An all-out war between Iran and Israel is approaching, and the Trump administration has no strategy for preventing it.
The tinderbox that is the Middle East threatens to explode again. Consider what has happened in the last weeks: a direct military exchange in Syria between Israel and Iran; the president's walk away from the JCPOA, the Iran nuclear deal; the opening of the American embassy in Jerusalem; and the Hamas-driven demonstrations in Gaza that sought to breach the Israeli border but failed, resulting in dozens of Palestinian deaths.
None of these developments are likely to be limited in time or scope. If nothing else, they require a clear U.S. policy.
To date, what President Trump is offering is far more rhetorical than practical. It is too soon to know whether the arrival of a new secretary of state and national security adviser will change that. But unless we start trying constructively to shape events rather than reacting to them, and soon, the reality in the Middle East will surely worsen—and likely suck the United States in under worse circumstances.
Before we dive into the present conundrum, let's step back and assess the American approach to the region in recent years. For understandable reasons, both the Obama and Trump administrations have focused heavily on defeating ISIS. That fight was necessary, and, particularly over the past year, has paid dividends. But while our attention was riveted on ISIS, Iran has been expanding its reach. Supreme Leader Ali Khamenei now refers to Syria and Lebanon as part of Iran's forward defense. Iran is not just entrenching itself in Syria, it is building a land bridge from Iran to the Mediterranean, going through Iraq, Syria and Lebanon. It is using Shia militia proxies from as far away as Afghanistan and Pakistan in Syria.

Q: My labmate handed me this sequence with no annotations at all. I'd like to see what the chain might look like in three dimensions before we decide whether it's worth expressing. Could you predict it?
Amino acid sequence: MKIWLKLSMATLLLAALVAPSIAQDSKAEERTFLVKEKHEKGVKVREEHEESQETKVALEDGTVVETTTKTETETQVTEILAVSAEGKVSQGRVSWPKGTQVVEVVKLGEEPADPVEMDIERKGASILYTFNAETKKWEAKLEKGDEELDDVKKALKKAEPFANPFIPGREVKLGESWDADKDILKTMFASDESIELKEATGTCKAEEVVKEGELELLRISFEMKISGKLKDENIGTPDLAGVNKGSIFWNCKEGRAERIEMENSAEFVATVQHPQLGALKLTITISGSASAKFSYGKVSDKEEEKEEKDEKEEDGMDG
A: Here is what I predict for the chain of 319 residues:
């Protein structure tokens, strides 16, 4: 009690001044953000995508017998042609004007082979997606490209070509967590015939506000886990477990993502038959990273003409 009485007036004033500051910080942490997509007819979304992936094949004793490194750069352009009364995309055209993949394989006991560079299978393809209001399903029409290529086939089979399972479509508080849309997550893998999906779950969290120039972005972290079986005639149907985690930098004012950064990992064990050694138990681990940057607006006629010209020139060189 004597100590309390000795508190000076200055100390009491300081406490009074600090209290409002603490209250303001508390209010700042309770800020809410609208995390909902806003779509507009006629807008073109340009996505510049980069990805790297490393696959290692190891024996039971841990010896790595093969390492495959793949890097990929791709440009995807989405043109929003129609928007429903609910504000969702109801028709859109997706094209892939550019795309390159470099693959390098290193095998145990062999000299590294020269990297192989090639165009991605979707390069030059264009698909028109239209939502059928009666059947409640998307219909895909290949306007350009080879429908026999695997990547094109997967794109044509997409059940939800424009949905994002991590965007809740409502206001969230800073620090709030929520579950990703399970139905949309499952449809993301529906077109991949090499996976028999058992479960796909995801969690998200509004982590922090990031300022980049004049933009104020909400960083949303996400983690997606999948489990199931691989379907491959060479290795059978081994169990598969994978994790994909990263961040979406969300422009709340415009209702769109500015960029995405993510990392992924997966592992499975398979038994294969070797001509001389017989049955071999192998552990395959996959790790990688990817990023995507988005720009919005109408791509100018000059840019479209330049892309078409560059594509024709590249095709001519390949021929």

Of course, Hezbollah remains its preferred proxy, with a presence of 7,000 fighters in Syria, and a training, weapons assembly, and military support role in Yemen and Iraq. Hezbollah works closely with the Qods Forces, the action arm of the Iranian Revolutionary Guards, in all these areas. Iran's material support for Hezbollah has varied—when it was under heavy UN sanctions, it dropped to about $200 million a year and after the JCPOA it has risen back to roughly $800 million.
Trump likes to blame Obama's Iran deal for all this Iranian meddling, but that's a highly simplistic interpretation. The fact is, Iran has been getting more aggressive on Trump's watch, and his administration has done next to nothing to stop it. In fact, by ceding much of Syria to Russia, on at least one front, he has helped embolden the mullahs in Tehran.
Iran's preference for working through proxies and threatening others indirectly has been the norm. But in February of this year, the Qods Forces acted out of character: they sent an armed drone into Israeli airspace from Syria. By sending their own drone, the Qods Forces chose to challenge the Israelis directly.
Israel, recognizing that a threshold was being crossed, reacted by shooting down the drone and taking out the Iranian command-and-control vans that launched and guided drones from their T-4 base in central Syria. Upon losing one of its F-16s over Israeli airspace to a barrage of surface-to-air missiles, Israel then took out nearly half of Syria's air defenses without losing any other aircraft. The Israelis were trying to signal to the Iranians—and the Russians—that they would not tolerate Iran threatening them more directly.